Philadelphia Flyers v Pittsburgh Penguins

Looking for a ticket deal in the NHL? Look harder, prices continue to rise

By now, we all understand that paying up to go see a game in just about any professional sport is going to cost us a lot of money. The NHL is no different than any other league, except for that pesky promise that was made after the 2004-2005 lockout to help make the game more affordable to fans that were left in the dark for a year without hockey. Just five years later, ticket prices are as high as they’ve ever been and they’re continuing to go up as Ben Klayman tells us.

The average price of an NHL ticket rose 4.4 per cent to $54.25, a year after the weak economy led the North American sports league to essentially freeze prices, according to an annual survey by a sports marketing firm.

While 11 of the NHL’s 30 teams cut or kept their average prices unchanged, the league average included increases of 24.2 per cent by the Washington Capitals and 18.4 per cent by defending Stanley Cup champion Chicago Blackhawks, according to Team Marketing Report, which tracks ticket costs in the major North American sports leagues.

The recession last year forced sports leagues and teams to rethink prices as consumers cut spending on tickets as well as food and souvenirs at the games.

But the NHL’s increase echoed upward moves by other leagues as the effects of the recession have eased. Average ticket prices rose 1.5 per cent for Major League Baseball and 4.5 per cent for the National Football League this season, according to Team Marketing Report.

So… The recession is over then? All right, let’s go blow our money! Wait, fans are still having a hard time justifying already really high costs? Stunning. While the NHL has seen their revenues rise of late, they’re not even in the same stratosphere as Major League Baseball and the National Football League. Each of those leagues have teams that don’t pick up the slack with tickets (MLB had four teams play to less than 50% capacity this year; NFL has two teams below 80% capacity) but somehow they’re able to avoid the PR problem the NHL does when it comes to empty arenas. I guess better revenues can help cover that up and that’s a big reason why ticket prices are climbing amongst the more successful teams in the NHL.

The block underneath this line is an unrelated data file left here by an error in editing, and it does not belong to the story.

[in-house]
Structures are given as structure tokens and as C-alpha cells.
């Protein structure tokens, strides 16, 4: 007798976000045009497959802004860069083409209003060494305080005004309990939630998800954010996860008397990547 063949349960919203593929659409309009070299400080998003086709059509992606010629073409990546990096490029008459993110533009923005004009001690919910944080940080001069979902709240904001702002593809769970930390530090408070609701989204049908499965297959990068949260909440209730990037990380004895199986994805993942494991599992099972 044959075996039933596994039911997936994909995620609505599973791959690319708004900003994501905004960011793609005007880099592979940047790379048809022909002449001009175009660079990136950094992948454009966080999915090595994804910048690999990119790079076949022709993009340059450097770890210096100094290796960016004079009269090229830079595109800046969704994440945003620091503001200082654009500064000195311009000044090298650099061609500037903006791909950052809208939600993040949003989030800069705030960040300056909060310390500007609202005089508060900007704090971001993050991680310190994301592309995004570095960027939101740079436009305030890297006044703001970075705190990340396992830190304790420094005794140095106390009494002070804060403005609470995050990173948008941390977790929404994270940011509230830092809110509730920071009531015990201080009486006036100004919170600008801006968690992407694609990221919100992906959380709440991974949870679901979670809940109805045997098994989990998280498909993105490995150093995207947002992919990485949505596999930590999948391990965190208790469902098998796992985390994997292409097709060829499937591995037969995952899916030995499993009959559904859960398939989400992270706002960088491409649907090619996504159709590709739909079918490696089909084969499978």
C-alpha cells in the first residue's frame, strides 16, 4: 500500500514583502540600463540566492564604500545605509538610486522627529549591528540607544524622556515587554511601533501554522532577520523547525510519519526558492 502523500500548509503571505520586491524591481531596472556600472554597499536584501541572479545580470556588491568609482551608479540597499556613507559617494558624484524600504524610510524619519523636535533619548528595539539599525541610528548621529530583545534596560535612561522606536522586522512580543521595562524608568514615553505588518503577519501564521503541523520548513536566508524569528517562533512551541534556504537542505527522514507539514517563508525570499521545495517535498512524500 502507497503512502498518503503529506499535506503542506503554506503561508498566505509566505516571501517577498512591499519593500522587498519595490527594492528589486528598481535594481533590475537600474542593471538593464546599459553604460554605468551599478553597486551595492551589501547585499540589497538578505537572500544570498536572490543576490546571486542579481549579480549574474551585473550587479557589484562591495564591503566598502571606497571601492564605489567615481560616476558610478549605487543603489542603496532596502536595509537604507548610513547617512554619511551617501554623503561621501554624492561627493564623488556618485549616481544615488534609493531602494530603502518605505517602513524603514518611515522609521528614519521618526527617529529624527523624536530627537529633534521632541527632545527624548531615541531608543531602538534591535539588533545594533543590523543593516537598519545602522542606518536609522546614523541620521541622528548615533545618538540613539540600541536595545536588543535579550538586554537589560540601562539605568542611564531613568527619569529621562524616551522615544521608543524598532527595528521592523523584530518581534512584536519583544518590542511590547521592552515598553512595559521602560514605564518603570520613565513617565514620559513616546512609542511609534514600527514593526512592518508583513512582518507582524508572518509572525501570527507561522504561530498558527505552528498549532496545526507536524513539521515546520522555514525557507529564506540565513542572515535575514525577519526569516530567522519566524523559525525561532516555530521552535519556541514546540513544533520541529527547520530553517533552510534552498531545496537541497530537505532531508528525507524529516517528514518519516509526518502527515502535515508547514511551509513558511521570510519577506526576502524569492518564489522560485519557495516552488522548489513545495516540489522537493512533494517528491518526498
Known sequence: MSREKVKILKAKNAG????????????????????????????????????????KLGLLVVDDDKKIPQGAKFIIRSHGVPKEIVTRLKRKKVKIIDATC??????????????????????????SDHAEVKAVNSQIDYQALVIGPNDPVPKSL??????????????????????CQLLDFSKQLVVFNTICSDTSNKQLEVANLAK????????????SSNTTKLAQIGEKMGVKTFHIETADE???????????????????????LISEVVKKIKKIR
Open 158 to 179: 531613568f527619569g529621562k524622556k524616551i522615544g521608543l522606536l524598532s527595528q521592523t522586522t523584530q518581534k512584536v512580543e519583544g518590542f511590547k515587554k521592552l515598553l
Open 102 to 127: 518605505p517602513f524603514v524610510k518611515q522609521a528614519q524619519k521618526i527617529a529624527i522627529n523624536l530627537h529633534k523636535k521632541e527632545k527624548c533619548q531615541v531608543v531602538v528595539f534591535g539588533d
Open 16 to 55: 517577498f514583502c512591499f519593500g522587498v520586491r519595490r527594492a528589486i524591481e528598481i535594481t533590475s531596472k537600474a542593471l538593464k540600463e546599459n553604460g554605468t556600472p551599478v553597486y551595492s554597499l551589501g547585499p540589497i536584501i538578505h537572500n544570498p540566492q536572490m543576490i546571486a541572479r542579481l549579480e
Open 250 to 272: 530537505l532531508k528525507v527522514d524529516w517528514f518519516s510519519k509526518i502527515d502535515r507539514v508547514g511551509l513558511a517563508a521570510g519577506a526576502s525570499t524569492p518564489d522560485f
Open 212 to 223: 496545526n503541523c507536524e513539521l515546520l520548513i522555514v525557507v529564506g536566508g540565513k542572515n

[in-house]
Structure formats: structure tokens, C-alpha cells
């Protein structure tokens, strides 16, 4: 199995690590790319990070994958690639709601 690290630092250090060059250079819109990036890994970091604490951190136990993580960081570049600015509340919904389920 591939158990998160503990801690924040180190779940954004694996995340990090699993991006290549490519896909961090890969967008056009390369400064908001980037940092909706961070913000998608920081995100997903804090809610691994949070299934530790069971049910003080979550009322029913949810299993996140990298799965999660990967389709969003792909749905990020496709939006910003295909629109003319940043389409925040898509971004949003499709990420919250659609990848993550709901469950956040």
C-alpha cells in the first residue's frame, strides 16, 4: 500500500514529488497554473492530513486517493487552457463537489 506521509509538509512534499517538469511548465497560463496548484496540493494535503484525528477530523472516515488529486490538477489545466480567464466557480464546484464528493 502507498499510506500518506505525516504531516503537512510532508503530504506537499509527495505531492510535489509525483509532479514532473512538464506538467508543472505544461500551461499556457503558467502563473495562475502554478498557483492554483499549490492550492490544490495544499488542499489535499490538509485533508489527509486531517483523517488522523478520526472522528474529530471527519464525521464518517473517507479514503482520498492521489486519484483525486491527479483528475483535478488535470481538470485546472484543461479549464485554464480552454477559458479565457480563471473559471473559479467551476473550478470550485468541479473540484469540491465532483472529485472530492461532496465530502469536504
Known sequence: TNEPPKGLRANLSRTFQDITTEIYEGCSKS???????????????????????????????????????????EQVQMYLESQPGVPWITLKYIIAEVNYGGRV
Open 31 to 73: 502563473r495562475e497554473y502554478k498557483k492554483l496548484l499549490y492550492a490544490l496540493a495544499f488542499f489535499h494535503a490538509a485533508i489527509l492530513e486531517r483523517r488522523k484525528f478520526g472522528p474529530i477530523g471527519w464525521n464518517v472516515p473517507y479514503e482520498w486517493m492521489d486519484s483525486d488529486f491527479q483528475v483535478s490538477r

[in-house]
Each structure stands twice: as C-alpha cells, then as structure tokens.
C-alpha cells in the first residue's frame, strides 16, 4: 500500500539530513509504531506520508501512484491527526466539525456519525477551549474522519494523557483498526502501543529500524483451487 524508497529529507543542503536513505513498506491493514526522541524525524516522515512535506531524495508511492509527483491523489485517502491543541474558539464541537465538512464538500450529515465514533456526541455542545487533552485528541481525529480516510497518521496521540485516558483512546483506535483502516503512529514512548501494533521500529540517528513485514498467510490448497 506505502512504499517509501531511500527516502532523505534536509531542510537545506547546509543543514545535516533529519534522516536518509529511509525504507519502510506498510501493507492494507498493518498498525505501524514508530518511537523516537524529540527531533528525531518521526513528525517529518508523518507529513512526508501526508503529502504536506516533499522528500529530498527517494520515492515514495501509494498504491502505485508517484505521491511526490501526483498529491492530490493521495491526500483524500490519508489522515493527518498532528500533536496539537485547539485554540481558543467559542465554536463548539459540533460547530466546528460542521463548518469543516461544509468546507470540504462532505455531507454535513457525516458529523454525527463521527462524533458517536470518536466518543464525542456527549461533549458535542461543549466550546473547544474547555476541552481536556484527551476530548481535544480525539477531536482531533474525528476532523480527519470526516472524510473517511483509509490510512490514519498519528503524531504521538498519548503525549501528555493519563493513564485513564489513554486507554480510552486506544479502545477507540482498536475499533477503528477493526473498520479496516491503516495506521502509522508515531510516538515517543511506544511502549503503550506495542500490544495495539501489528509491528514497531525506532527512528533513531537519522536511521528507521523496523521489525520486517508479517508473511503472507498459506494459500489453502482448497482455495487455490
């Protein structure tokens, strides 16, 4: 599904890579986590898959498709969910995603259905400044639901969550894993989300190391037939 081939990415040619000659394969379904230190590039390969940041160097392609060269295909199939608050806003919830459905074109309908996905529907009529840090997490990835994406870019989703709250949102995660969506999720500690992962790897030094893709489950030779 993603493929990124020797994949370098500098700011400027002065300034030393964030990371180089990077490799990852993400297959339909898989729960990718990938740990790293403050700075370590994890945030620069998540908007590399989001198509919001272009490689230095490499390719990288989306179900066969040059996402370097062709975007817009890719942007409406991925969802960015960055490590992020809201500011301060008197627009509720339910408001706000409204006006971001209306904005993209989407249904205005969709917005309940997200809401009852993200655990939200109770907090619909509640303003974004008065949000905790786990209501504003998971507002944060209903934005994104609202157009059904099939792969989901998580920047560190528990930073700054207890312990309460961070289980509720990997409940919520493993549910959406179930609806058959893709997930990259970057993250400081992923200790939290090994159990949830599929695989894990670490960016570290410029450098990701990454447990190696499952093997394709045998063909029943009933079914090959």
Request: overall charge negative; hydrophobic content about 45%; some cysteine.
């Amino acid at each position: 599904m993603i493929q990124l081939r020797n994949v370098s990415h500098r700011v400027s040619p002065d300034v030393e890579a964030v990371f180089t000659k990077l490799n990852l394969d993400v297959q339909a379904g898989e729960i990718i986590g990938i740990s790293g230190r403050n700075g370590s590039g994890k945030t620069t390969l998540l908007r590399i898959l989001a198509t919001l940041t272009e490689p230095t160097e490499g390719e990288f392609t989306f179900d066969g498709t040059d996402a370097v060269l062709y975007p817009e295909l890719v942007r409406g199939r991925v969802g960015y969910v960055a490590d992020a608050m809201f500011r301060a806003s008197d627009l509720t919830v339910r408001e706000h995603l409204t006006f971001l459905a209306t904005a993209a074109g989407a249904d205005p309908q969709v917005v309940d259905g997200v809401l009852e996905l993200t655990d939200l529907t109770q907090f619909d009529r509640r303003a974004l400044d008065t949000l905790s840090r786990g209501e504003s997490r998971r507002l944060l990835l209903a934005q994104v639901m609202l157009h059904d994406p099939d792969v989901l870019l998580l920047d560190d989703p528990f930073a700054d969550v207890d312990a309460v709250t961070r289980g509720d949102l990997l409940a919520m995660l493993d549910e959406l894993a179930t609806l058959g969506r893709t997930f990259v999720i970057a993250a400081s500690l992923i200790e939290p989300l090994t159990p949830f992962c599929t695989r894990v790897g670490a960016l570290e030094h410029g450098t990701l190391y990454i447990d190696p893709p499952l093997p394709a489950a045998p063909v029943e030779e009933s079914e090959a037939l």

But does that make it right? Simple economics says that it does thanks to supply and demand and as long as the demand is there for tickets the prices will keep going up until it slows down or ceases completely. That said, the league gets a bad rap for letting their own fans down with the false promises of lower prices and now see ticket prices rising in the cities where fans want to see the game the most. You can’t fault the teams for wanting to capitalize on popularity, but with the fans perpetually ending up on the receiving end of rising prices, you can’t help but feel like you’re getting screwed over. The price of success never stops going up.

PHT Morning Skate: Mike Commodore had an interesting shift as an Uber driver

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PHT’s Morning Skate takes a look around the world of hockey to see what’s happening and what we’ll be talking about around the NHL world and beyond.

–Former NHL defenseman Mike Commodore took a shift as an Uber driver and it sounds like he had a good time. (TSN)

–Blackhawks defenseman Duncan Keith now has his own cereal and it’s called “Keith Krunch”. (The Athletic)

Pavel Datsyuk‘s hands are still magic. (Top)

–Capitals rookie Zach Sanford is still getting used to life in the NHL. (Washington Post)

–Seven goalies the Los Angeles Kings might be able to trade for. (Sportsnet)

–The Detroit Red Wings helped Blue Jackets rookie Zach Werenski fall in love with hockey. (Columbus Dispatch)

Even the Flames’ struggling power play capitalized against the Blackhawks’ struggling penalty kill


The Calgary Flames had the league’s worst power play at just four per cent coming into Monday’s game against Chicago.

Yeah. Awful.

The Blackhawks had the league’s worst penalty kill at just 42.9 per cent, which is also awful, although their issues go deeper than that aspect.